In the Waxman hearing on the finance debacle this morning, all three witnesses (Alan Greenspan, Christopher Cox and John Snow) essentially claim as their defense that, in spite of having the smartest people in government working for them, "nobody was talking to each other," therefore we cannot be held responsible for anything that has happened. How convenient for their biography, but what a shame that there is no better answer. After all, if these guys knew that their employees knew things that other employees didn’t know, that means they knew! Did that account for nothing? If they knew what was going on, why did they feel so powerless to put the pieces of the puzzle together on their own initiative and take action? Why does it seem that they were looking in legislation for reason to not intervene instead of a reason to? Did we hire these three supposedly very smart people because they were just blank slates waiting for someone to write on?
The answer to this question resides in their shared philosophy of government. What these men all share is a faith in the market’s ability to self-regulate and an aversion to the government taking preventative actions to head off problems. Greenspan justified non-regulation by saying that forecasting was requisite to justify regulations and, being an inexact science capable of giving us right answers only 40% of the time, we should not regulate. That is like arguing that building codes should not include termite barriers in building foundations because we cannot forecast which houses termites will decide to infest.
Forecasting is not, nor has it ever been, a requisite to regulations. That is bogus! We don’t ask traffic engineers to forecast the number of automobile accidents at an intersection before we put up traffic lights! This is as subterfuge to disguise their real reason: a blind and pervasive trust in laissez-faire economics. The regulations on financial markets put on the books after the 1929 crash did not rest on forecasting. They rested on the simple fact that at the heart of all crashes is the creation of financial instruments that because overvalued and sellers were undercapitalized and that only government regulations can prevent this from happening. Based on that fundamental assumption, a regulatory regime was set up to bring transparency and accountability to the market so that buyer could know the value of what they were buying and sellers had to guarantee the value of what they sold.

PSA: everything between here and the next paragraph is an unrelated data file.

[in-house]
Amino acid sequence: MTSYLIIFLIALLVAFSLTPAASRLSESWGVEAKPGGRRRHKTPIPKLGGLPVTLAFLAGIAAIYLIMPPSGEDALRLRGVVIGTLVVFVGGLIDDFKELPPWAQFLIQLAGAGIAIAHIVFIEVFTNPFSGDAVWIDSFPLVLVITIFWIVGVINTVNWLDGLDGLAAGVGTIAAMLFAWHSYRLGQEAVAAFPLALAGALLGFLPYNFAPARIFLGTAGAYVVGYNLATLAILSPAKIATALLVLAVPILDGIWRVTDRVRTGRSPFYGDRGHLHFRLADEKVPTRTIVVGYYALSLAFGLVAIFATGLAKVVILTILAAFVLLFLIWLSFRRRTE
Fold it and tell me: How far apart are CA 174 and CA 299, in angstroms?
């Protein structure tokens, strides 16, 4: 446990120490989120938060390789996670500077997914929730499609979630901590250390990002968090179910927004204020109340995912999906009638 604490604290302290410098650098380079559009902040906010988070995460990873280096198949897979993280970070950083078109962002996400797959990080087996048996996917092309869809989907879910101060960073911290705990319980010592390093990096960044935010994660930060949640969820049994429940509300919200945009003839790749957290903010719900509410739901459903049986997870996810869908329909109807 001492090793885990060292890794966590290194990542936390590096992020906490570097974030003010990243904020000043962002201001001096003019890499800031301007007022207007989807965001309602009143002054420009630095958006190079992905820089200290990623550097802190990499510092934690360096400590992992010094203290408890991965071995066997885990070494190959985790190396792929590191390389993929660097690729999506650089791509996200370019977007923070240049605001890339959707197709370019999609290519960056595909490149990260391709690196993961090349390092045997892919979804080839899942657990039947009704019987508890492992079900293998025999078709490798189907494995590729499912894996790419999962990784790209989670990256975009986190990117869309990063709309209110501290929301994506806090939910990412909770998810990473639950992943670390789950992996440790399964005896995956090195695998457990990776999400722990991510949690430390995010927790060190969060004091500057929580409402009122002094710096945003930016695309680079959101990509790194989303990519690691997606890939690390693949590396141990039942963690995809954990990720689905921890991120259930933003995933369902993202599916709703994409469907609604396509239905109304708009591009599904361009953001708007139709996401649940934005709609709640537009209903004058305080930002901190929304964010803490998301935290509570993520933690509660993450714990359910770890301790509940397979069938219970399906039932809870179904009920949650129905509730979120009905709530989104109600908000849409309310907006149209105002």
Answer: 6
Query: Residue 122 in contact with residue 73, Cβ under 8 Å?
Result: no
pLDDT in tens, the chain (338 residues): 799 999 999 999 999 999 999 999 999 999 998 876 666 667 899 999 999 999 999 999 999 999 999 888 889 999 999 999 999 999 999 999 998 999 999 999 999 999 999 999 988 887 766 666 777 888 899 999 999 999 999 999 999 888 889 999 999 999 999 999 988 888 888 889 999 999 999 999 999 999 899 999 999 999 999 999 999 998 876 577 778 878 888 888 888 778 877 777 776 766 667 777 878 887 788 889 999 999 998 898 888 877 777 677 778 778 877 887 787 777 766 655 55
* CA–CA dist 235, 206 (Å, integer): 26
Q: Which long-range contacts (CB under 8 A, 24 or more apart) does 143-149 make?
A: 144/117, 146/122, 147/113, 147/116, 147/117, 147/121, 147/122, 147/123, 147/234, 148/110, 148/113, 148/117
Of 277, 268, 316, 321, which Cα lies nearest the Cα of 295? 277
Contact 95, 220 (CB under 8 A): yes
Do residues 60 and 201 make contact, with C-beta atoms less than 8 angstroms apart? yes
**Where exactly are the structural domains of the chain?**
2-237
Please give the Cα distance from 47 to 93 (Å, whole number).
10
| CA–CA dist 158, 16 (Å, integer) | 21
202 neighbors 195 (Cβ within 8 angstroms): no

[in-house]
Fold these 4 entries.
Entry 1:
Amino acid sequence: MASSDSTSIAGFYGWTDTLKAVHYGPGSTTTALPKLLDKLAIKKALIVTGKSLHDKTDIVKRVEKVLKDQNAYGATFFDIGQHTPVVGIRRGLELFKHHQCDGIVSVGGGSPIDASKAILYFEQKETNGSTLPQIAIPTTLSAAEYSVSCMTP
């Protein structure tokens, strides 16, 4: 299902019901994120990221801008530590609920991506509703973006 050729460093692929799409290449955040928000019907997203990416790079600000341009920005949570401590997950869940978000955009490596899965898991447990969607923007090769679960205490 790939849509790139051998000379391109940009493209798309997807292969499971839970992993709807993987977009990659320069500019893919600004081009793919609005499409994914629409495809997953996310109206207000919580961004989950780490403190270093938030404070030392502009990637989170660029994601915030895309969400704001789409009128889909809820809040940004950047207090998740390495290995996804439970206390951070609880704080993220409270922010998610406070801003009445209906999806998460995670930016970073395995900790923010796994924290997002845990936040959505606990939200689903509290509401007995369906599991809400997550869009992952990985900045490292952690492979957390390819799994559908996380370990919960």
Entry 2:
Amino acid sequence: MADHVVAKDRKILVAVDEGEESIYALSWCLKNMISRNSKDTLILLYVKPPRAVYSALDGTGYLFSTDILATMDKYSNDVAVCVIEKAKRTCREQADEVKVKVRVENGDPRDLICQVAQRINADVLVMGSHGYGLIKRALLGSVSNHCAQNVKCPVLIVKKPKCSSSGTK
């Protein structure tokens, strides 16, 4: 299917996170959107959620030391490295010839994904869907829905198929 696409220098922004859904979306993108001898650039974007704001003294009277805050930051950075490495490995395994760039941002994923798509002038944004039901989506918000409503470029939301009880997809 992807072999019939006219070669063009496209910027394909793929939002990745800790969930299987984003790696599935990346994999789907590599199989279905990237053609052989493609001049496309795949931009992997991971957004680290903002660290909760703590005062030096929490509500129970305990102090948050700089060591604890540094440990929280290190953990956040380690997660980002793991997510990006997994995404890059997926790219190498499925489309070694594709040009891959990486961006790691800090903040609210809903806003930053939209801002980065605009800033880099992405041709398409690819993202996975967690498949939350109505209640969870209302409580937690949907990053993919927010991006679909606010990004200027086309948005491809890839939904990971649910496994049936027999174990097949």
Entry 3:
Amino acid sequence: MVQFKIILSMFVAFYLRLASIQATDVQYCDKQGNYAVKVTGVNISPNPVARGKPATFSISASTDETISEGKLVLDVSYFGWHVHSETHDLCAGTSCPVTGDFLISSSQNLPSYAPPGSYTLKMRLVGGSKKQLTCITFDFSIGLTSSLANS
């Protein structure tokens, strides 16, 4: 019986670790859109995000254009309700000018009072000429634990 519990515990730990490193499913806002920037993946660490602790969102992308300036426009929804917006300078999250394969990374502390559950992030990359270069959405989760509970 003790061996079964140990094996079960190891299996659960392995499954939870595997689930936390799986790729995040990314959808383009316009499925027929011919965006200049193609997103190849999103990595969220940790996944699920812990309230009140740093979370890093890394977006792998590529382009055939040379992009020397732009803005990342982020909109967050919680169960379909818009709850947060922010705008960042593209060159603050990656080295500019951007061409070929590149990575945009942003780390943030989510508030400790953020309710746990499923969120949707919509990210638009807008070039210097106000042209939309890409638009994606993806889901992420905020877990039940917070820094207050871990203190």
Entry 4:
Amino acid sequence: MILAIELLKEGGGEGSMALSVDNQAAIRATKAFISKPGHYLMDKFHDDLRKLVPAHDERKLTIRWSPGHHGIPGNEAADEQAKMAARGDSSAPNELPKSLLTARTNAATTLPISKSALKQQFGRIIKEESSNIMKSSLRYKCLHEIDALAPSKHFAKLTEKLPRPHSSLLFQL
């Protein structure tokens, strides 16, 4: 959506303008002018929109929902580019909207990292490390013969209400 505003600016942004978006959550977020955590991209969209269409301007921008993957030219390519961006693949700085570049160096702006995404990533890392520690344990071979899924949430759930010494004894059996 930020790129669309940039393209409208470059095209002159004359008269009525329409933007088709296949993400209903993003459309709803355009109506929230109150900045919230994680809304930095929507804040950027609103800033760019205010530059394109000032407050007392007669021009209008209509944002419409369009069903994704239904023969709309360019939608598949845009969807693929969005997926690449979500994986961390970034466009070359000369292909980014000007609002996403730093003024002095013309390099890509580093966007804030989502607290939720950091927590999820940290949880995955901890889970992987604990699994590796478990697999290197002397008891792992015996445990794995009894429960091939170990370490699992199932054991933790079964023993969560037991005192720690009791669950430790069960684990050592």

Was the GSC team just reading different tea leaves? No. Were the adjustable rate mortgages (ARM) the fault? No. When asked about the role of the Carter administration banking regulations to end red-lining, Greenspan finally spoke the truth with clarity. He said that had those ARMs, or even those coming more recently, not been securitized – had they not be bundled and sold off like so many dead fish in a sealed basket - and in such volume, they would not have been a problem. It was when these relatively risky mortgages got repackaged in mortgage-based securities (MBS) and sold all over the world as sound investment (after all, didn’t Uncle Sam guarantee the quality of this sort of stuff?) that a house of cards was created only waiting for the inevitable breeze to blow it down.
Compounding the instability were the credit default swaps (CDS) that served as guarantees of these already risky securities, and, in so doing, amplified rather than reduced risk buyers faced. What we ultimately had, to our combined grief, was credit market capitalization dominated by one set of instruments (CDS) insuring the value of another set of instruments (MBS) whose value was dependent on the riskiest of home mortgages (ARM). Then, when those higher mortgage note payments kicked in and homeowners could not pay them, everything came crashing down.
What we must learn from this experience is that this house of cards was allowed to come into being, not because people did not know what was going on, not because government employees were too dim-witted to imagine a world in which rosy scenarios didn’t exist, not because they could not anticipate the worse-case scenario, and not because one hand was not talking to the other hand... but because of a philosophy of government, held by those in the highest levels of the Bush administration, that can legitimatize the government spending billions of the taxpayer’s dollars to clean up the market’s mess, justified because markets are fallible; but not a cent to prevent the mess, justified because markets must be allowed total freedom.
Wall Street, it seems, is the only street in America where it is insisted that drunks be allowed to drive and the victims billed for the accident! If this sounds like insanity to you, it does to me, also.